The six-month interim nuclear deal with Iran is scheduled to expire on July 20. Ongoing talks on a final nuclear settlement are stalling, with both sides far apart and sticking to their respective demands.
Talks are unlikely to end with this "deadline," but Western nations are likely to try to impose new sanctions on Iran's crude oil exports in an attempt to coerce Iran into more favorable settlements.
What happens without Iran's oil
Between Syria, Libya, and Iraq, there's already a lot of oil supply off-line in the region, and while that may somewhat temper calls for massive new sanctions on Iran, even smaller cuts could have a big impact. The inevitable threats for more sanctions on top of that will have an upward impact on Brent crude prices, even if the threats are largely empty.
In the long run, I believe a final nuclear deal with Iran is possible, and even likely. Still, decades of sanctions have crippled the nation's oil industry, so even if a deal reached a year or two down the road ends the sanctions, there is a long road to getting Iran back to the huge producer it can be. The near and medium-term pressure is all on the downside for Iranian production, and Brent crude is the most vulnerable to that.
Investing in Brent: A quick primer
There are a lot of ways to invest in Brent crude. The simplest way is the United States Brent Oil Fund (NYSEMKT:BNO), which has done a very good job of tracking Brent performance on the market. That said, tracking Brent crude with an unleveraged ETF means very limited upside. The better way to get exposure to Brent crude is through investing in major producers.
The top producers for Brent North Sea Crude are Royal Dutch Shell (NYSE:RDS-A) and Norway's Statoil ASA (NYSE:STO). Both would see big earnings growth if the spot price rises, and pay nice dividends on top of that.
Another option worth considering is Russia's OAO Lukoil (NASDAQOTH:LUKOY), a major producer with a lot of capacity in very safe, stable regions. Despite recent EU tensions with Russia, the reality is that Lukoil is one of the few places Europe can readily look for increased supplies.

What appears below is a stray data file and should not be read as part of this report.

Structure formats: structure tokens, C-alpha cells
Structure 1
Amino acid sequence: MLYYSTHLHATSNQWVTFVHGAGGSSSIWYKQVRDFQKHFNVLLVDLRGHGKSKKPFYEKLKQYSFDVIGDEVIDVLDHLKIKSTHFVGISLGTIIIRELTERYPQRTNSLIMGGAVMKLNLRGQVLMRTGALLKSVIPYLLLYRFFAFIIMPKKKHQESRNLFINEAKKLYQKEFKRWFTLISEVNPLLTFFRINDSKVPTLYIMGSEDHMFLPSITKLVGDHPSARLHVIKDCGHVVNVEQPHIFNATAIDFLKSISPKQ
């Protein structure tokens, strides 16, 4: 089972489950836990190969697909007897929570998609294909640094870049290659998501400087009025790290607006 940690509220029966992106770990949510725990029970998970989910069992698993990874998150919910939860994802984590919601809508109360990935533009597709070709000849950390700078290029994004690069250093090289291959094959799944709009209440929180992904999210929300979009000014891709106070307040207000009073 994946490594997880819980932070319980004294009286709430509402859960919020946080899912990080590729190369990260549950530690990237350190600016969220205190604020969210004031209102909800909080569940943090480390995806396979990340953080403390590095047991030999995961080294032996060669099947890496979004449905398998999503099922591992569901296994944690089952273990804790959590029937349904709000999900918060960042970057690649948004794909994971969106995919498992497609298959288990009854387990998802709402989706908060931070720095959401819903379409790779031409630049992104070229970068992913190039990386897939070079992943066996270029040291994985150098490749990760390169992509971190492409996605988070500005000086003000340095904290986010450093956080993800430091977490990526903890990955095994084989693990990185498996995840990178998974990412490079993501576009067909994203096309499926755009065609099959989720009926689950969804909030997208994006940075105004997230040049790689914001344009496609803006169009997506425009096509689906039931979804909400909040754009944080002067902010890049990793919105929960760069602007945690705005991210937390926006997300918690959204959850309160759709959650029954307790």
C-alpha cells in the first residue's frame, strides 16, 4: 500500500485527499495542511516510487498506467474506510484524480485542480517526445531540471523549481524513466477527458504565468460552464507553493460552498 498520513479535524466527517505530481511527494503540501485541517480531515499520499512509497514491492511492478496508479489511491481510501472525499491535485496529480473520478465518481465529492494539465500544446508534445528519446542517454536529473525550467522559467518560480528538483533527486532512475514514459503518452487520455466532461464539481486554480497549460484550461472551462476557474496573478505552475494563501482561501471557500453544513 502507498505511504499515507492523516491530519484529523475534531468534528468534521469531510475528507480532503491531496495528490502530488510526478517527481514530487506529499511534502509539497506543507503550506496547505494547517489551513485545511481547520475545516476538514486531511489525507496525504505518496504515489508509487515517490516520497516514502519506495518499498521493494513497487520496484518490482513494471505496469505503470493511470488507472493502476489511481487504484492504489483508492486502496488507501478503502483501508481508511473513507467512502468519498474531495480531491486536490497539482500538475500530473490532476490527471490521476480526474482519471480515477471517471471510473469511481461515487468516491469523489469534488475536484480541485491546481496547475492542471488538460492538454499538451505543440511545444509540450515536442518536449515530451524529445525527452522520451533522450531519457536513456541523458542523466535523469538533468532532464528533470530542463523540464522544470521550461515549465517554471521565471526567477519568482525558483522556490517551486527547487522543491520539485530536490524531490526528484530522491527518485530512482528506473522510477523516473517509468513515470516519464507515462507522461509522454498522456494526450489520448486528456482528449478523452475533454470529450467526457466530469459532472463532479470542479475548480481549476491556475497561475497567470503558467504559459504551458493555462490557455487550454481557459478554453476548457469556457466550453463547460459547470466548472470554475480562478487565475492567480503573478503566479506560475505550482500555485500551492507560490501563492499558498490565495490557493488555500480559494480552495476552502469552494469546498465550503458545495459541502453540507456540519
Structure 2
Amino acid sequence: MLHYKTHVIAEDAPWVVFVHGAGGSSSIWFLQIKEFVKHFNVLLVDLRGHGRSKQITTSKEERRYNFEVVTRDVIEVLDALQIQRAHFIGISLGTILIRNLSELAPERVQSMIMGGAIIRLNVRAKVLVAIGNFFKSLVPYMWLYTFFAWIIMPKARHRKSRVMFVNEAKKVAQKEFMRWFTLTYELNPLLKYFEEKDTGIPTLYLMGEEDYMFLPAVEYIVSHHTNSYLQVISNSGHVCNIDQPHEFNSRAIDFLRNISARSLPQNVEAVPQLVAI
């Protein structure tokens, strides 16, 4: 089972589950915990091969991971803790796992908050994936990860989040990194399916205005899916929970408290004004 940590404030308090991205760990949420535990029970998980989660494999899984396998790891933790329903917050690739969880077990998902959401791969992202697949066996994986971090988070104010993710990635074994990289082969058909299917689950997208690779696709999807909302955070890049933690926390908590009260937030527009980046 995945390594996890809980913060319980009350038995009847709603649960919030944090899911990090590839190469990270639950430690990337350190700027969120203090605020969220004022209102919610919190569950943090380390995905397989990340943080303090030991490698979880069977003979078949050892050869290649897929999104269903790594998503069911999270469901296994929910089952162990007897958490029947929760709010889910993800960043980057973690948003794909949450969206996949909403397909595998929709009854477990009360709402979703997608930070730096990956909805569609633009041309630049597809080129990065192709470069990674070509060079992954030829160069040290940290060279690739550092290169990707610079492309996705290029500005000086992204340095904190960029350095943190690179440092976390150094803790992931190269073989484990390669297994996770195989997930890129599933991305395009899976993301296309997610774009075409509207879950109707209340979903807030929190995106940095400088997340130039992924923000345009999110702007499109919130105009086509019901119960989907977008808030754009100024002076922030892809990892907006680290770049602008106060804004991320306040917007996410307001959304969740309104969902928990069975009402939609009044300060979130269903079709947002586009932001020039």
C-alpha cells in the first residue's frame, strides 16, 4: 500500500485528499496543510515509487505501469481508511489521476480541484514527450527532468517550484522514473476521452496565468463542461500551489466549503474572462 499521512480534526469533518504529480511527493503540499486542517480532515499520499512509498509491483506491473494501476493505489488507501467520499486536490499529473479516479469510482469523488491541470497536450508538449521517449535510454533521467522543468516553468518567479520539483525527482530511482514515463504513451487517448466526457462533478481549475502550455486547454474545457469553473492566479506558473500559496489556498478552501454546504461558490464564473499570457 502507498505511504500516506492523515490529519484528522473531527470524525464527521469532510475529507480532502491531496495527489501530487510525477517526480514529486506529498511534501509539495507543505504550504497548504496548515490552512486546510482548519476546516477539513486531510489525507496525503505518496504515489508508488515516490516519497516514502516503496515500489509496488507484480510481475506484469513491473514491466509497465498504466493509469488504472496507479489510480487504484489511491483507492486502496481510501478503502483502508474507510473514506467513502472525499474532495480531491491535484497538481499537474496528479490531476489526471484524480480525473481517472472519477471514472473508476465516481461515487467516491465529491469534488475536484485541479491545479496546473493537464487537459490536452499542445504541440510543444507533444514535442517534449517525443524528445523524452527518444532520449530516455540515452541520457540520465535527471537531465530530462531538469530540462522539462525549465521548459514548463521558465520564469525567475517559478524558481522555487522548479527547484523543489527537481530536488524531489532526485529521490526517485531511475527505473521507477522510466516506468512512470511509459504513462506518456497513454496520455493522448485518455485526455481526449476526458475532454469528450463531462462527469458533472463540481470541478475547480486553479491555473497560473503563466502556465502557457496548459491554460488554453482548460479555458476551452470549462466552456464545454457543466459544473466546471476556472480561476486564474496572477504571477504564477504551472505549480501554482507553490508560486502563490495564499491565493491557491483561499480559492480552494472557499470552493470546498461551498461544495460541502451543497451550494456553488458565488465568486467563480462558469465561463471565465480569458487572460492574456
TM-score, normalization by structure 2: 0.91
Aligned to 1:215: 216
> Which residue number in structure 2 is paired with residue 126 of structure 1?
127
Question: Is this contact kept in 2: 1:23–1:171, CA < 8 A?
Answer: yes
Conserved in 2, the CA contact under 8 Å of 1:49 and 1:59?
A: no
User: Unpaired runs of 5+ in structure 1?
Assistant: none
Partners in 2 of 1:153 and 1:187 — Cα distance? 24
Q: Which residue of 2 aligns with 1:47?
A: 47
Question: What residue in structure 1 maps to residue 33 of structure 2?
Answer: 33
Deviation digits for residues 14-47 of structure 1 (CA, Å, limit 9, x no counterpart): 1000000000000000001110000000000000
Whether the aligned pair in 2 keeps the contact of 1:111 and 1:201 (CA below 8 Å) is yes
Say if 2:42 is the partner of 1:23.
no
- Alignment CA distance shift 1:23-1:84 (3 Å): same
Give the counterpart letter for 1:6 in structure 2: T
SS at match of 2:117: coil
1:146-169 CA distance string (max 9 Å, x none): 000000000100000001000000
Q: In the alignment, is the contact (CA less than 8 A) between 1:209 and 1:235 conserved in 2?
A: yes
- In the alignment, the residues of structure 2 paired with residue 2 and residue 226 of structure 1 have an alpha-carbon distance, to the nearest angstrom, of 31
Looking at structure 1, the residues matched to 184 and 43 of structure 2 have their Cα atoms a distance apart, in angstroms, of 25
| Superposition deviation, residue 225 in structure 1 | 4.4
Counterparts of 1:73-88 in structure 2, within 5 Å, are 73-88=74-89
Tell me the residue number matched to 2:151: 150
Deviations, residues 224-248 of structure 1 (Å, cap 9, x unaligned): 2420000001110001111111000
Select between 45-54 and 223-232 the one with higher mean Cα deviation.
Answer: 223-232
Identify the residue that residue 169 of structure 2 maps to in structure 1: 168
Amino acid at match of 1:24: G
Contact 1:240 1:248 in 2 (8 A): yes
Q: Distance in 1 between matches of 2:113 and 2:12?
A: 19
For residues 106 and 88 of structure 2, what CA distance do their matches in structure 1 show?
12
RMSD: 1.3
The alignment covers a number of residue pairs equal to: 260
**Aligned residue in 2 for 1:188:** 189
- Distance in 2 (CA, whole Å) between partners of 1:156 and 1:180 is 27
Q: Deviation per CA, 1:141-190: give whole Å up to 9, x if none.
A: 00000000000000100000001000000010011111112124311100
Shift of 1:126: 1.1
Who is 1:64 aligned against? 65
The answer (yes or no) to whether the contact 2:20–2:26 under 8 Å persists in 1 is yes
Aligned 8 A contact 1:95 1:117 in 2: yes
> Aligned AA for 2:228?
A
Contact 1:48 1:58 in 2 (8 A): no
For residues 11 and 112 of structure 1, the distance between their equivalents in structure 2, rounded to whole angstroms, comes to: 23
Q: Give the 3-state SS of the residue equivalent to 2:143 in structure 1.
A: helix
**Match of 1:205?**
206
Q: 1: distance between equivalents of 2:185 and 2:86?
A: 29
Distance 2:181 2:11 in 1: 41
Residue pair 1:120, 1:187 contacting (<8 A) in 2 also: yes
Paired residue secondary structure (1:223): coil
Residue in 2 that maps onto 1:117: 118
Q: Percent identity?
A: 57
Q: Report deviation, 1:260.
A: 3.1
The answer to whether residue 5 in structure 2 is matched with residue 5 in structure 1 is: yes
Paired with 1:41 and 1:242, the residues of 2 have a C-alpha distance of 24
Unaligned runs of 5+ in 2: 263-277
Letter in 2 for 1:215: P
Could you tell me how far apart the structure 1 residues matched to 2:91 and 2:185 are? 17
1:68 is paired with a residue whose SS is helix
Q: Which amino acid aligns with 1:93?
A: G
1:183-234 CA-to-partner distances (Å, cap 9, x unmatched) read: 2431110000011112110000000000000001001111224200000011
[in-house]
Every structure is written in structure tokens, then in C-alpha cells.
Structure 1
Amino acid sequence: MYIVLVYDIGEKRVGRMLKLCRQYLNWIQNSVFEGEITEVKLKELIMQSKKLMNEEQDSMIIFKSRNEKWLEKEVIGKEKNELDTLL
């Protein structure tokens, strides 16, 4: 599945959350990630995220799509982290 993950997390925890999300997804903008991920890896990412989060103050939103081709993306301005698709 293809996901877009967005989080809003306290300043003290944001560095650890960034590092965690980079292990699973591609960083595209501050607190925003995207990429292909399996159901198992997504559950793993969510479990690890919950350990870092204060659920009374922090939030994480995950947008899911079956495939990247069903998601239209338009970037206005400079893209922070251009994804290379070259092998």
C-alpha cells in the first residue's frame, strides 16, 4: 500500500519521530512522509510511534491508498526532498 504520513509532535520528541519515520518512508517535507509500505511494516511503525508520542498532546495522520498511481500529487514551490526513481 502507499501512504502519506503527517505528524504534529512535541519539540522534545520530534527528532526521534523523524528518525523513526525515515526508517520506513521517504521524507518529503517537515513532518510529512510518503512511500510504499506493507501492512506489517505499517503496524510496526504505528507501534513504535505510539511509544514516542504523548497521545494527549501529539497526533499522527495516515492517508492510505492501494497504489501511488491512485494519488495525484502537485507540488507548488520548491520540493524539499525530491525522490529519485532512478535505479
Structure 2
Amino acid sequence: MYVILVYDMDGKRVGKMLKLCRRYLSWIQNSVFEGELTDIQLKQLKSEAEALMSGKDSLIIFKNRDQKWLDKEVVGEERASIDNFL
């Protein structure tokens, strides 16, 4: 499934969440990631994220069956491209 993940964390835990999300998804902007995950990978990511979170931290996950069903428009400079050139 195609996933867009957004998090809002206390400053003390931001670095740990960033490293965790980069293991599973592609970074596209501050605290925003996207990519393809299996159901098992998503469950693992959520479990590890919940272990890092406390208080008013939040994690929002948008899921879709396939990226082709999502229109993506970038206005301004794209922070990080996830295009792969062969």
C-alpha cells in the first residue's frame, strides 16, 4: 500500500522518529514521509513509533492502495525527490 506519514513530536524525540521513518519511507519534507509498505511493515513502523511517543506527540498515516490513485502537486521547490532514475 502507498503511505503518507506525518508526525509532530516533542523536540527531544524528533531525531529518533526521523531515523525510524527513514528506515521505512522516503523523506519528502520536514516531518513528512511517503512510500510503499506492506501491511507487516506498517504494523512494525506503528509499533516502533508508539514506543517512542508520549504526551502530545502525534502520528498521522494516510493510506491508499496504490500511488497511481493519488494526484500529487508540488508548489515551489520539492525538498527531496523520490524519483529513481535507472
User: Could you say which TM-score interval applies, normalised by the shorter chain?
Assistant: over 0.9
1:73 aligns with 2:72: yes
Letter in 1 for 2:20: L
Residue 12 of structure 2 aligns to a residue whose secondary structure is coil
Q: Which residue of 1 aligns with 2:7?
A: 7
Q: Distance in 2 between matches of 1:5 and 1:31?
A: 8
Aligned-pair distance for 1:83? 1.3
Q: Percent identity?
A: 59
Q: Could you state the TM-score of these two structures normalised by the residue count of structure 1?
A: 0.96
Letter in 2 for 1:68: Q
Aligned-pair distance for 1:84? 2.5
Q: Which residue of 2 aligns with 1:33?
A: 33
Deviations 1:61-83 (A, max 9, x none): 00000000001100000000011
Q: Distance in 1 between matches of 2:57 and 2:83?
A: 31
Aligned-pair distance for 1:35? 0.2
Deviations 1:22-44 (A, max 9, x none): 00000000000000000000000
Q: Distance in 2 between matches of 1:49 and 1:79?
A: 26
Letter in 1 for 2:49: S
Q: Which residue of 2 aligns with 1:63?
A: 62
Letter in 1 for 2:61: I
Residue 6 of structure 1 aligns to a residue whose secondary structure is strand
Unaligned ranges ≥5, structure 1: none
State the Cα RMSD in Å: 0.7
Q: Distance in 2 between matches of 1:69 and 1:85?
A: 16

Production by the numbers
Statoil and Royal Dutch Shell are both sensibly priced, at 1.61 and 1.44 times book value, respectively. Lukoil is trading much cheaper, at only 0.56 times book. Shell has the advantage on dividends, paying a tidy 4.7%. Statoil is no slouch either at a yield 3.6%, and while Lukoil's dividends are irregular, its most recent payment was 2.4%.
Shell is the priciest by far on an earnings basis, trading at 20.56 times trailing earnings. Lukoil is trading at only 6.74 times earnings, while Statoil is sandwiched in the middle at 10.30.
With growing civil wars in Libya, Syria and Iraq, Europe will continue to face energy supply problems. That's nothing but good for Brent prices, and means big profits for the producers.
Though Lukoil is the cheapest of the three producers covered here on an earnings and book value basis, tensions between Russia and the EU are likely to continue to scare off investors, meaning that while the company can be had for a song, its discount is likely to remain.
Royal Dutch Shell pays the best dividend of the bunch, which is surely worth considering. On the other hand, though the company has a lot of Brent specification production, it also has a lot of production elsewhere in the world, not always in the safest regions.
Statoil stands out in this regard, as a huge producer on the Norwegian Continental Shelf. The price remains a bargain at just over 10 times earnings, and the 3.6% dividend yield is one of the safest around. It is an extremely well run company whose oil interests center around the stablest oil-producing regions on the planet, and in a time of global instability, it is an investment in safe, steady production.
Jason Ditz has no position in any stocks mentioned. The Motley Fool recommends Statoil (ADR). Try any of our Foolish newsletter services free for 30 days. We Fools may not all hold the same opinions, but we all believe that considering a diverse range of insights makes us better investors. The Motley Fool has a disclosure policy.
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